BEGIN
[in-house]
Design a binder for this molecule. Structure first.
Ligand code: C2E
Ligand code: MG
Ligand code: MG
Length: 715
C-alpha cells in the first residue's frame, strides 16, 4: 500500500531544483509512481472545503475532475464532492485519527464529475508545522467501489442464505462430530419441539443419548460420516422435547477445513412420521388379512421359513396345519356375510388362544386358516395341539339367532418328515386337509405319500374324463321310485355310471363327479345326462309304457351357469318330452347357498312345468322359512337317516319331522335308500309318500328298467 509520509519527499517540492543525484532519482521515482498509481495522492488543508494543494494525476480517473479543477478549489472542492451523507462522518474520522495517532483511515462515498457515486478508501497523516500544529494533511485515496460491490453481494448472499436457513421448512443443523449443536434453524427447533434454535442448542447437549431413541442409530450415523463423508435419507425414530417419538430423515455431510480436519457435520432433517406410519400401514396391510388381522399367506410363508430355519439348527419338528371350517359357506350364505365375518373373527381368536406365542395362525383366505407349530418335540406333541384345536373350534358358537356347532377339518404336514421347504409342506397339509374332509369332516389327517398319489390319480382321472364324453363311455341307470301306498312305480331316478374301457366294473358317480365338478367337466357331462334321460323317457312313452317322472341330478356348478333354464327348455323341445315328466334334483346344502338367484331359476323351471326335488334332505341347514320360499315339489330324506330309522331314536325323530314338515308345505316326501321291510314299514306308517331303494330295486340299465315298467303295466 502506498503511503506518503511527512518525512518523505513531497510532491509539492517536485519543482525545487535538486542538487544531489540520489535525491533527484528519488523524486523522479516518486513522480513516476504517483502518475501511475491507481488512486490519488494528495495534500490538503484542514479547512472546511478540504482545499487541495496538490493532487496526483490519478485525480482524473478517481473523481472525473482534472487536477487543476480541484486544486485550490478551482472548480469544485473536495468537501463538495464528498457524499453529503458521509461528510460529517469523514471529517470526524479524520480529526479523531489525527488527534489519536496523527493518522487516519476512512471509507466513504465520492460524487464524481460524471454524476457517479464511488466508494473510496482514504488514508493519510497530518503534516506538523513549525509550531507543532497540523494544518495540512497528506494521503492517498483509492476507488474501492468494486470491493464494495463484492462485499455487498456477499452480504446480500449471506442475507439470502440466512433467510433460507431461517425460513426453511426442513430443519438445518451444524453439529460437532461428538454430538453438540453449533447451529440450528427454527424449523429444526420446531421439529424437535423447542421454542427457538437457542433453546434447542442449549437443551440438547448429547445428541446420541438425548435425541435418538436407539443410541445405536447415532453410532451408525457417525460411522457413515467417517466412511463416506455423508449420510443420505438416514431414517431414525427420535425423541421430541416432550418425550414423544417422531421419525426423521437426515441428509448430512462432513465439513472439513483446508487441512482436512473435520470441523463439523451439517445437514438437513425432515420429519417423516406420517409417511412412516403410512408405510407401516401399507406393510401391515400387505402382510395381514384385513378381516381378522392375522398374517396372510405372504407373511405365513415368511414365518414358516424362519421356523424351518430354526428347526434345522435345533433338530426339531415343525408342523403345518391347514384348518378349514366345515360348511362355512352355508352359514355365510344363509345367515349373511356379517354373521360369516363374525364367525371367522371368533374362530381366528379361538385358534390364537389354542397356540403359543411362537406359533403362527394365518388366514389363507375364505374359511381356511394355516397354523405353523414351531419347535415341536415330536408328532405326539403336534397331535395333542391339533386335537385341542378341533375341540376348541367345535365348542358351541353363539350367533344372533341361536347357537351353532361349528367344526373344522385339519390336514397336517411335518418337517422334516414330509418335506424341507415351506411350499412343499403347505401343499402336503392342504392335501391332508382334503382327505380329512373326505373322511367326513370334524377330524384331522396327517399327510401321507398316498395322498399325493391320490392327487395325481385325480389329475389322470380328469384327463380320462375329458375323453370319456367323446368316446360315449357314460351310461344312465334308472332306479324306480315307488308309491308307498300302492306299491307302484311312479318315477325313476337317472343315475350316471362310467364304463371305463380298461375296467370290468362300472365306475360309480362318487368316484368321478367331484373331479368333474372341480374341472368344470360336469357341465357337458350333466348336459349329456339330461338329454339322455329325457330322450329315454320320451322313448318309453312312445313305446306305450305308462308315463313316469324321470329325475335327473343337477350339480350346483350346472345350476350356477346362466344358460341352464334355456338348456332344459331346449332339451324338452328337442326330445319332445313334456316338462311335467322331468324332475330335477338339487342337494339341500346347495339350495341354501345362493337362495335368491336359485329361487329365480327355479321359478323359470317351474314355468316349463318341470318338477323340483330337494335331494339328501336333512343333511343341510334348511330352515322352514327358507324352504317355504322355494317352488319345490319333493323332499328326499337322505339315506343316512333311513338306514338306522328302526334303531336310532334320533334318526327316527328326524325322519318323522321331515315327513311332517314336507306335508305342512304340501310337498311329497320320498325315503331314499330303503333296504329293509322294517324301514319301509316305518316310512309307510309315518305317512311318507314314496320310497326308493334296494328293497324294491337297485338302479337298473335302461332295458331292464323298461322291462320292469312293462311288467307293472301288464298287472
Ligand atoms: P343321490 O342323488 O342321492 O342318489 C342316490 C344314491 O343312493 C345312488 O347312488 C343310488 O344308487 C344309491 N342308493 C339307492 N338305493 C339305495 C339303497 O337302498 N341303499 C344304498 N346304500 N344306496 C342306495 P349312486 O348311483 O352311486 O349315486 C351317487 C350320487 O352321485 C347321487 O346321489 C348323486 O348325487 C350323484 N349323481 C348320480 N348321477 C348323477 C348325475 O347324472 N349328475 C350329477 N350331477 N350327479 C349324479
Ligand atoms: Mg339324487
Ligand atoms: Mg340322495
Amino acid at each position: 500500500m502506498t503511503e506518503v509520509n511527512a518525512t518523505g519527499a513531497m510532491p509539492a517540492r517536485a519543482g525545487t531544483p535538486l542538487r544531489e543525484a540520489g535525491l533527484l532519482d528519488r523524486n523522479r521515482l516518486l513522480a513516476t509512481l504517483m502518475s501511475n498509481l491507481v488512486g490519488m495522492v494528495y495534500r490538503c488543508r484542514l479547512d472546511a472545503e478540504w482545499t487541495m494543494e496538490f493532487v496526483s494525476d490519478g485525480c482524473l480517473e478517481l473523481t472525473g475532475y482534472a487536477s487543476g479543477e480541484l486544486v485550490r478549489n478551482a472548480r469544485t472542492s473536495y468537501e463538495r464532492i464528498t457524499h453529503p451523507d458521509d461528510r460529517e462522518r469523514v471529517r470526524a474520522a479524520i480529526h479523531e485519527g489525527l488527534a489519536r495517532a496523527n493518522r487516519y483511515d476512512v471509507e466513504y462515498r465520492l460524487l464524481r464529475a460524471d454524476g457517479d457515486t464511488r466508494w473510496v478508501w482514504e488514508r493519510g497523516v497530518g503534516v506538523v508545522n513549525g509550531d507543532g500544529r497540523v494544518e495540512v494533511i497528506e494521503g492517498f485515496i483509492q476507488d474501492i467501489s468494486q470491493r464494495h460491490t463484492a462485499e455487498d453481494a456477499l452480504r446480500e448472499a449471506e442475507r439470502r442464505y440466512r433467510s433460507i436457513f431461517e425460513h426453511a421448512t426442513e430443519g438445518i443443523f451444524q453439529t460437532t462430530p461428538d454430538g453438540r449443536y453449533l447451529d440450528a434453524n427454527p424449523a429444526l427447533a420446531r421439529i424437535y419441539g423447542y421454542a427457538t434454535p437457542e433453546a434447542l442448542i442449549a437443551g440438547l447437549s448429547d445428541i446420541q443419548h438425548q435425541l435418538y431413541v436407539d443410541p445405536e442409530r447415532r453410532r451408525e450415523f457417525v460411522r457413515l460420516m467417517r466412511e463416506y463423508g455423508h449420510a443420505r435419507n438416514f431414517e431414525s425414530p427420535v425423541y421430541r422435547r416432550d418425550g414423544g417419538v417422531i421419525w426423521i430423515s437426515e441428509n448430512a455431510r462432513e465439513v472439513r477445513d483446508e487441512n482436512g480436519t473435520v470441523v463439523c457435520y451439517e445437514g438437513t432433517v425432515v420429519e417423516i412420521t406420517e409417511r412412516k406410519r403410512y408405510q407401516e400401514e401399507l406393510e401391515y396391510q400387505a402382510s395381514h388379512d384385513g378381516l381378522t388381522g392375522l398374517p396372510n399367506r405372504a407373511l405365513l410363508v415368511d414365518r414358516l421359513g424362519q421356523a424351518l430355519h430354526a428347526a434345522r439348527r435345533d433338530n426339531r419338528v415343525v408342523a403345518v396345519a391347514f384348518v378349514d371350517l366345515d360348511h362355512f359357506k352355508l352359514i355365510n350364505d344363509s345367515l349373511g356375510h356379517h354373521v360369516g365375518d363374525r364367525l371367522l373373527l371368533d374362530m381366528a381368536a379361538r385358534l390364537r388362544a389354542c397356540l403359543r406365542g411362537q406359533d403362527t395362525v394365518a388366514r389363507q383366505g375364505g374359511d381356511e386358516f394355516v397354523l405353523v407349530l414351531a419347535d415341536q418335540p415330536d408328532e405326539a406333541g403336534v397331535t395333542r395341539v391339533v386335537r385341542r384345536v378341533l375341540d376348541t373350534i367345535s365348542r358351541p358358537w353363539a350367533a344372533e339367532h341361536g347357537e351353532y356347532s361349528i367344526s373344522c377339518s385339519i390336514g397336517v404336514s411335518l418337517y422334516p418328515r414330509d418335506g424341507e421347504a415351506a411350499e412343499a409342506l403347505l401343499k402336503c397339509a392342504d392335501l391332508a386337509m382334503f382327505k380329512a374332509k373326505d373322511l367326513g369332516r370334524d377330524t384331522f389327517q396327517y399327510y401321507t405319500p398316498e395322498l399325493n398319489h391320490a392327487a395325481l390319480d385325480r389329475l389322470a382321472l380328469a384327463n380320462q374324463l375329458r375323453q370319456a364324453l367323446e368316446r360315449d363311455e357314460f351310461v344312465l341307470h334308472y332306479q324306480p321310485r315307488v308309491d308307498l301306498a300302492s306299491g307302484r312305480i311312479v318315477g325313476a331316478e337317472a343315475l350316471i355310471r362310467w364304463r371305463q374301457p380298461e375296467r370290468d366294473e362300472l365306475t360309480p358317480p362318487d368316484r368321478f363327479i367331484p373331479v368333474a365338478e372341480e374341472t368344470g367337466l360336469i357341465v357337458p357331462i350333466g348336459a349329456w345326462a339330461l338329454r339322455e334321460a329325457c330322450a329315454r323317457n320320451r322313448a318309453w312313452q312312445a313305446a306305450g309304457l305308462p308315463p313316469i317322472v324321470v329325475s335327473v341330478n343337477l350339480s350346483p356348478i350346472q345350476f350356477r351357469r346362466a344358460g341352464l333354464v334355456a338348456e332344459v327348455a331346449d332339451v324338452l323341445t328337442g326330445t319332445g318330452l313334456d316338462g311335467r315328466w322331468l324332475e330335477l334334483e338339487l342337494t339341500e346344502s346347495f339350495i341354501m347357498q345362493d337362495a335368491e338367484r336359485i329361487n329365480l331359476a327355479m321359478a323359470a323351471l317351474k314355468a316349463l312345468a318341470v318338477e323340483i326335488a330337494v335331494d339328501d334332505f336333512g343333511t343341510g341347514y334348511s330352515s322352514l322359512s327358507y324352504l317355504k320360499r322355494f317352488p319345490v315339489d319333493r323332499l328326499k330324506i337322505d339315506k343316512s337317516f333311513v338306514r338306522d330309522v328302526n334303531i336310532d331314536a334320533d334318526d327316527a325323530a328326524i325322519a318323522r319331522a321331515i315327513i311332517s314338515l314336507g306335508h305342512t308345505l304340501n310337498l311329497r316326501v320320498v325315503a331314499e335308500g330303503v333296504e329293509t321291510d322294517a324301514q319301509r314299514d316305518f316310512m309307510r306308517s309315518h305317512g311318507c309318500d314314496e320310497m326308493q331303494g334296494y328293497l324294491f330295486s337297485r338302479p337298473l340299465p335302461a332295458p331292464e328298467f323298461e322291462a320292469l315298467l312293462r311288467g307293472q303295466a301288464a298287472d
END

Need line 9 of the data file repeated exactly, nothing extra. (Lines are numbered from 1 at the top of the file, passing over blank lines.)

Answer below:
Ligand atoms: Mg339324487